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watch-case / watch

  • Object type

  • Museum number

    1888,1201.219

  • Escapement

  • Description

    GOLD AND DIAMOND-SET ENAMEL CASED VERGE WATCH. Verge escapement. Enamel dial; pictorial centre. Enamel on gold case; raised floral design; diamond-set cover.

  • Producer name

  • Date

    • 1640-1650
  • Production place

  • Materials

  • Technique

  • Dimensions

    • Diameter: 46.5 millimetres (case)
  • Inscriptions

      • Inscription Type

        signature
      • Inscription Content

        D.Bouguet, Londini.
  • Curator's comments

    Bibliography:
    Cardinal, Catherine, LA MONTRE, Paris 1985, illus.98, p.132. Good, Richard, WATCHES IN COLOUR, Poole 1978, plate 8. Ullyet, Kenneth, British Clocks and Clockmakers, 1947, p.41 Illus (colour).Text from 'Watches', by David Thompson, London, 2008, p. 40-41.

    David Bouguet

    GOLD AND ENAMEL CASED WATCH
    LONDON, 1650

    SIGNED: 'D Bouguet Londini'

    By the beginning of the seventeenth century there were a number of foreign clock- and watchmakers working just outside the control of the City of London, particularly in the area of Blackfriars, one of the so-called 'liberties'. Many of these 'strangers' were Huguenot refugees from France who were particularly accomplished in the arts of engraving, enamelling and lapidary work. Their existence so near the City had such an effect on the established London clock- and watchmaking trade that a petition, raised in 1622 by a group of watchmakers in the Blacksmiths' Company, was sent to King James I in an attempt to prevent them from trading and to establish a Livery Company for the clock- and watchmakers of London. David Bouguet is first recorded in that petition, where he is described as 'David Bowkett at Mr Sampson's house with two apprentices' and living in Blackfriars.
    David Bouguet became a Free Brother in the Blacksmiths' Company on Thursday 12 June 1628, as recorded in the minutes of a meeting of the Court of Assistants at Blacksmiths' Hall on that day. In 1632 he became a Free Brother in the Clockmakers' Company and held the office of Assistant there between 1634 and 1665. He was a prominent member of the Huguenot church and served as a warden at the French Church in Threadneedle Street for four periods of three years each between 1637 and 1662. He had three sons: David and Solomon, who both became watchmakers, and Hector, who was apprenticed to the diamond cutter Isaac Mebert. Bouguet continued to run a prolific workshop with numerous apprentices in Blackfriars until his death in 1665.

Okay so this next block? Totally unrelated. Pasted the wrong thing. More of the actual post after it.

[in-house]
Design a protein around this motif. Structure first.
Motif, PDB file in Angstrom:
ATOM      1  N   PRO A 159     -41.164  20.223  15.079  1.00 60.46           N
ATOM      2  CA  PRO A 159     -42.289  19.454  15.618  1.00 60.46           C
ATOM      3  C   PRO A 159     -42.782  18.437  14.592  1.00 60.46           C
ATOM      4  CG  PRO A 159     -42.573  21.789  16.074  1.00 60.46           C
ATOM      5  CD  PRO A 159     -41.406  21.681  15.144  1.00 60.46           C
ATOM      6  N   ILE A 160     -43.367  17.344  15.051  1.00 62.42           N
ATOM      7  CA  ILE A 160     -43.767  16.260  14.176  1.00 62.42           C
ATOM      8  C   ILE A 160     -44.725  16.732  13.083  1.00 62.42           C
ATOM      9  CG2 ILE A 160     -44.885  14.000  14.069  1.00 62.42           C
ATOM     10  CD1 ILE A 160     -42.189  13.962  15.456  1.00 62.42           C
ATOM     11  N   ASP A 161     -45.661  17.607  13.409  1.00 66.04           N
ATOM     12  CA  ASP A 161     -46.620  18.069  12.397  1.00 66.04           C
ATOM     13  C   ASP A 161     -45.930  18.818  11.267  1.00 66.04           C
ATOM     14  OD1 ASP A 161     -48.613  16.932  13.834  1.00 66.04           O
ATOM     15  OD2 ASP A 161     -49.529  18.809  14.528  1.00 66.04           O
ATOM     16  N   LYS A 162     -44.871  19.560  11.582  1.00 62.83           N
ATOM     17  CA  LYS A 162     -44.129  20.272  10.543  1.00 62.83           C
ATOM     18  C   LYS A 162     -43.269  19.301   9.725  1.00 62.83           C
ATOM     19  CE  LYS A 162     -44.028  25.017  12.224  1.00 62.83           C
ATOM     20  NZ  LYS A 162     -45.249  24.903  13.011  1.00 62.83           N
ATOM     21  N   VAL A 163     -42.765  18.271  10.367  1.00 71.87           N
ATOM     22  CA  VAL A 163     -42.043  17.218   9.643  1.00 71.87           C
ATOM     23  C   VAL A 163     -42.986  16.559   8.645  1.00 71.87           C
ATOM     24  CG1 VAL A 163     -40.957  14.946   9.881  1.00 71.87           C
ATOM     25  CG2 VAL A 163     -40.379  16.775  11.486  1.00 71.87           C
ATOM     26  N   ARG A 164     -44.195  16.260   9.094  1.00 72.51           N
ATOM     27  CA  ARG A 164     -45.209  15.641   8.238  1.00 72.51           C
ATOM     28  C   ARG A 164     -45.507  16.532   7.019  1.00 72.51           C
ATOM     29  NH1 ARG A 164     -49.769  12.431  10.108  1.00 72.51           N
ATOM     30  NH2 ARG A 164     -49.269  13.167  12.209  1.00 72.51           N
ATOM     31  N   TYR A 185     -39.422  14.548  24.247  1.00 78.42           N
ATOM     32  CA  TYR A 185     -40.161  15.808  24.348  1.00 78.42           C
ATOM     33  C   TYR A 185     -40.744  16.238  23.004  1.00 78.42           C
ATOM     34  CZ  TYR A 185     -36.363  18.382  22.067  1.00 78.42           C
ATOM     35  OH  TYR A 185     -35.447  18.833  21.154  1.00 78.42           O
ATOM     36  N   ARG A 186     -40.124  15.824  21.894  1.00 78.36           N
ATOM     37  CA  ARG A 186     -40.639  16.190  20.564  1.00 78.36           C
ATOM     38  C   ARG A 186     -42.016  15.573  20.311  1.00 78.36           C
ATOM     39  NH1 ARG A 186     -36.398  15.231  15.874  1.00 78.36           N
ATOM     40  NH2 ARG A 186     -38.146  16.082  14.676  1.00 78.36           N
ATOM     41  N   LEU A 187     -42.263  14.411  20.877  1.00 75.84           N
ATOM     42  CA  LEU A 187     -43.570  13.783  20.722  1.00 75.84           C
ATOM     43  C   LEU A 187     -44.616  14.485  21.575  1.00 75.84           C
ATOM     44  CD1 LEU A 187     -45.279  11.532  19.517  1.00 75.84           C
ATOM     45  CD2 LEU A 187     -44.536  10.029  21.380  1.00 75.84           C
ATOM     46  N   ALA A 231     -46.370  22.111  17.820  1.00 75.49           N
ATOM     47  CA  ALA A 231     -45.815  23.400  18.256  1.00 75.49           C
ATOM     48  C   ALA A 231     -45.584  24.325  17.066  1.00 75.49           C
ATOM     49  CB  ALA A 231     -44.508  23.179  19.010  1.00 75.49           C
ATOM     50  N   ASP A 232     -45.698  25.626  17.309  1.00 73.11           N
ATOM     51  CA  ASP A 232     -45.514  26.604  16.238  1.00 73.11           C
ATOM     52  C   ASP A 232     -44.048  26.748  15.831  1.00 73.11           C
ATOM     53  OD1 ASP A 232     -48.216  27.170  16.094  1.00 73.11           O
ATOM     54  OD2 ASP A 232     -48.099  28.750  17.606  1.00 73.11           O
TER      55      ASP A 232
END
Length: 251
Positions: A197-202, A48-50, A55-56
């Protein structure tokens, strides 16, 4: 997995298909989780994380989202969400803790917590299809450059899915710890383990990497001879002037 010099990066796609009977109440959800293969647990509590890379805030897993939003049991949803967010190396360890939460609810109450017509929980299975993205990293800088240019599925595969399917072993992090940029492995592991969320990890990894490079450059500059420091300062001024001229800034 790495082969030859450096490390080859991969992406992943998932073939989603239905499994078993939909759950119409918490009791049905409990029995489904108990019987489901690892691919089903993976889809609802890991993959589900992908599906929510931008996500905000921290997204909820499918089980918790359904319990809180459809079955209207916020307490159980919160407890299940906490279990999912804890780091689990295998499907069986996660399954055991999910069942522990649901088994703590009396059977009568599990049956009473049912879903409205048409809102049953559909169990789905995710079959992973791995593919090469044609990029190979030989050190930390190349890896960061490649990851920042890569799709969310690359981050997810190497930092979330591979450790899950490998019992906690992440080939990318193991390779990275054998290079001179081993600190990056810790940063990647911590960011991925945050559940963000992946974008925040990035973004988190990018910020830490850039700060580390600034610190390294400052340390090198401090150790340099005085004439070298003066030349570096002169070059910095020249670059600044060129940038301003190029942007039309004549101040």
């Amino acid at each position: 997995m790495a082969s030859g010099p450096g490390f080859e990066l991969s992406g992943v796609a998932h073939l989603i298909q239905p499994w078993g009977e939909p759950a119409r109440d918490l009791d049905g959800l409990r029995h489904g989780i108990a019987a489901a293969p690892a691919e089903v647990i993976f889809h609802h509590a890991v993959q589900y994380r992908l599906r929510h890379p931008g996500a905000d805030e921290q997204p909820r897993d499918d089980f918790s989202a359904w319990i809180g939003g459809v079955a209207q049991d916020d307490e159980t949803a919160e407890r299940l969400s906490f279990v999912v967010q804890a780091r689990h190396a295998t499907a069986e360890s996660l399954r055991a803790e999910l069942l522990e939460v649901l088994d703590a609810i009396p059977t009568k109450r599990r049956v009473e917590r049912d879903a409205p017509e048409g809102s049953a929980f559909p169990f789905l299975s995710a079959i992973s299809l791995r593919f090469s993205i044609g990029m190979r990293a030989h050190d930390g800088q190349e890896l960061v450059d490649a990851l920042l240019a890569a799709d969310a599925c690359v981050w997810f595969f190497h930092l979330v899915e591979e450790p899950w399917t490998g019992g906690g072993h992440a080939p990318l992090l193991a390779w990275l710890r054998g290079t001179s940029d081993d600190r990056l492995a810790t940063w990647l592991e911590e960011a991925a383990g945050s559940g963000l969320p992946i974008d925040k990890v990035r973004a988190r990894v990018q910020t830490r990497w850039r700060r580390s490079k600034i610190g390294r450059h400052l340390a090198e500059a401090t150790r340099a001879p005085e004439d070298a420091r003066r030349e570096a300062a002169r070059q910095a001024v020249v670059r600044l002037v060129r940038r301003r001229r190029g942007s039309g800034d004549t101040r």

This watch is one of the finest to come from Bouguet's workshop and was made around 1650. The case consists of a gold box enamelled all over in black, onto which is laid a spectacular design of realistic flowers. This superb example of flower decoration can be closely compared with designs by the Blois engraver-designer Jacques Vauquer (1621-86). On the inside, the dial is enamelled with a painted landscape within a white enamel chapter ring. The counter-enamel on the inside of the lid has a black-painted rural scene over a blue ground. On the cover is an impressive array of ninety-two foil-set diamonds. Watches such as this one are extremely rare and in their day were probably the most lavish examples that money could buy, surely only affordable to those of courtly rank.
    The movement is of a standard design, being of fairly large diameter and undoubtedly made to fit the exquisite case and dial. Unlike the normal practice, these would have been delivered to the watchmaker to fit the watch. Once completed, alterations could not be made to an enamel case.Another enamel cased watch by David Bouquet can be found in the Poldi Pezzoli Museum, Milan Inv. no 3446

    More 

  • Bibliography

    • Thompson 2012 56 bibliographic details
    • Wood 1866 p.281 bibliographic details
    • Britten 1894 p.72 bibliographic details
    • Tait 1983 pl.48, pp.47,49 bibliographic details
    • Baillie 1929 pl.XXXIV, p.139 bibliographic details
    • Thompson 2008 pp.40-41 bibliographic details
  • Location

    On display: G39/dc14/no20

  • Exhibition history

    Exhibited: Archaeological Institute, London, 6th Jun 1862, by Octavius Morgan.

  • Acquisition name

  • Acquisition date

    1888

  • Department

    Britain, Europe and Prehistory

  • Registration number

    1888,1201.219

COMPASS Image Caption: Case: back

Full: Back

COMPASS Image Caption: Case: back

Image description

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Object reference number: MCC434

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